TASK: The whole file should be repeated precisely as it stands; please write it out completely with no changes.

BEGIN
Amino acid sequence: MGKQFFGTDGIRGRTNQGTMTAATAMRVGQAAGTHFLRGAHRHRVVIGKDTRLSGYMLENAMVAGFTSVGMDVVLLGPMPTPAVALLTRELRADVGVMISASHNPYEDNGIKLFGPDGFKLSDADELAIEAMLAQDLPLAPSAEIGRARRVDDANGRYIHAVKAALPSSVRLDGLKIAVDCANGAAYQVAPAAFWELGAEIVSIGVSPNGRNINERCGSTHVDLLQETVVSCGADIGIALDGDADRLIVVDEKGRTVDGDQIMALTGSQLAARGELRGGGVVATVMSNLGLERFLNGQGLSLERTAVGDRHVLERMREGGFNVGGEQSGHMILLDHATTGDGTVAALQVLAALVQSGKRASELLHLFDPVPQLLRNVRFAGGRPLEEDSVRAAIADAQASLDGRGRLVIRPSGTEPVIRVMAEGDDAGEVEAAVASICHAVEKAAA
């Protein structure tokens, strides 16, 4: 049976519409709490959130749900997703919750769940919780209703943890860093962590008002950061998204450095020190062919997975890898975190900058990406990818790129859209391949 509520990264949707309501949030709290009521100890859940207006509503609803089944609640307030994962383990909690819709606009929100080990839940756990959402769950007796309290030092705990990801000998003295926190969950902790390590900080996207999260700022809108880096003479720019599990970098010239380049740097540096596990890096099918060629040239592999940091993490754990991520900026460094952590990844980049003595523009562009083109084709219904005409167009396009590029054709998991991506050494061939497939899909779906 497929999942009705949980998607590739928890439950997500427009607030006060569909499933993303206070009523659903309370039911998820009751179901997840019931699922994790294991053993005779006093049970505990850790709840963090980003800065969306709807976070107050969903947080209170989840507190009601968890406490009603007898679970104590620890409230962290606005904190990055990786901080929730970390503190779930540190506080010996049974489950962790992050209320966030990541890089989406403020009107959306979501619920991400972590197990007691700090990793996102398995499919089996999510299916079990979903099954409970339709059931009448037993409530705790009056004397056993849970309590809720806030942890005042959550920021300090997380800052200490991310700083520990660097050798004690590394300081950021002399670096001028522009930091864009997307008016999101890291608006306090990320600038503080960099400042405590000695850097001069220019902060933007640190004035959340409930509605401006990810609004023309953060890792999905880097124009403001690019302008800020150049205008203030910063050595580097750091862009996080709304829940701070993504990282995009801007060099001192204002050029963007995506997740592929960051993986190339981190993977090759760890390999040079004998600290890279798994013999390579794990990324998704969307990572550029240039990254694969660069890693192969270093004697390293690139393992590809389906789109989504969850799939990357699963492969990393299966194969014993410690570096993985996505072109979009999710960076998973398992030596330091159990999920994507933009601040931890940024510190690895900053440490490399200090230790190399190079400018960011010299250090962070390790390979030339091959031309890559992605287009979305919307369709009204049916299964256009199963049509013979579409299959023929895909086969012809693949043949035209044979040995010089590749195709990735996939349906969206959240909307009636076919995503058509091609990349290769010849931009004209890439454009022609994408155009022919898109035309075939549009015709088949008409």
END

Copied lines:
Amino acid sequence: MGKQFFGTDGIRGRTNQGTMTAATAMRVGQAAGTHFLRGAHRHRVVIGKDTRLSGYMLENAMVAGFTSVGMDVVLLGPMPTPAVALLTRELRADVGVMISASHNPYEDNGIKLFGPDGFKLSDADELAIEAMLAQDLPLAPSAEIGRARRVDDANGRYIHAVKAALPSSVRLDGLKIAVDCANGAAYQVAPAAFWELGAEIVSIGVSPNGRNINERCGSTHVDLLQETVVSCGADIGIALDGDADRLIVVDEKGRTVDGDQIMALTGSQLAARGELRGGGVVATVMSNLGLERFLNGQGLSLERTAVGDRHVLERMREGGFNVGGEQSGHMILLDHATTGDGTVAALQVLAALVQSGKRASELLHLFDPVPQLLRNVRFAGGRPLEEDSVRAAIADAQASLDGRGRLVIRPSGTEPVIRVMAEGDDAGEVEAAVASICHAVEKAAA
């Protein structure tokens, strides 16, 4: 049976519409709490959130749900997703919750769940919780209703943890860093962590008002950061998204450095020190062919997975890898975190900058990406990818790129859209391949 509520990264949707309501949030709290009521100890859940207006509503609803089944609640307030994962383990909690819709606009929100080990839940756990959402769950007796309290030092705990990801000998003295926190969950902790390590900080996207999260700022809108880096003479720019599990970098010239380049740097540096596990890096099918060629040239592999940091993490754990991520900026460094952590990844980049003595523009562009083109084709219904005409167009396009590029054709998991991506050494061939497939899909779906 497929999942009705949980998607590739928890439950997500427009607030006060569909499933993303206070009523659903309370039911998820009751179901997840019931699922994790294991053993005779006093049970505990850790709840963090980003800065969306709807976070107050969903947080209170989840507190009601968890406490009603007898679970104590620890409230962290606005904190990055990786901080929730970390503190779930540190506080010996049974489950962790992050209320966030990541890089989406403020009107959306979501619920991400972590197990007691700090990793996102398995499919089996999510299916079990979903099954409970339709059931009448037993409530705790009056004397056993849970309590809720806030942890005042959550920021300090997380800052200490991310700083520990660097050798004690590394300081950021002399670096001028522009930091864009997307008016999101890291608006306090990320600038503080960099400042405590000695850097001069220019902060933007640190004035959340409930509605401006990810609004023309953060890792999905880097124009403001690019302008800020150049205008203030910063050595580097750091862009996080709304829940701070993504990282995009801007060099001192204002050029963007995506997740592929960051993986190339981190993977090759760890390999040079004998600290890279798994013999390579794990990324998704969307990572550029240039990254694969660069890693192969270093004697390293690139393992590809389906789109989504969850799939990357699963492969990393299966194969014993410690570096993985996505072109979009999710960076998973398992030596330091159990999920994507933009601040931890940024510190690895900053440490490399200090230790190399190079400018960011010299250090962070390790390979030339091959031309890559992605287009979305919307369709009204049916299964256009199963049509013979579409299959023929895909086969012809693949043949035209044979040995010089590749195709990735996939349906969206959240909307009636076919995503058509091609990349290769010849931009004209890439454009022609994408155009022919898109035309075939549009015709088949008409």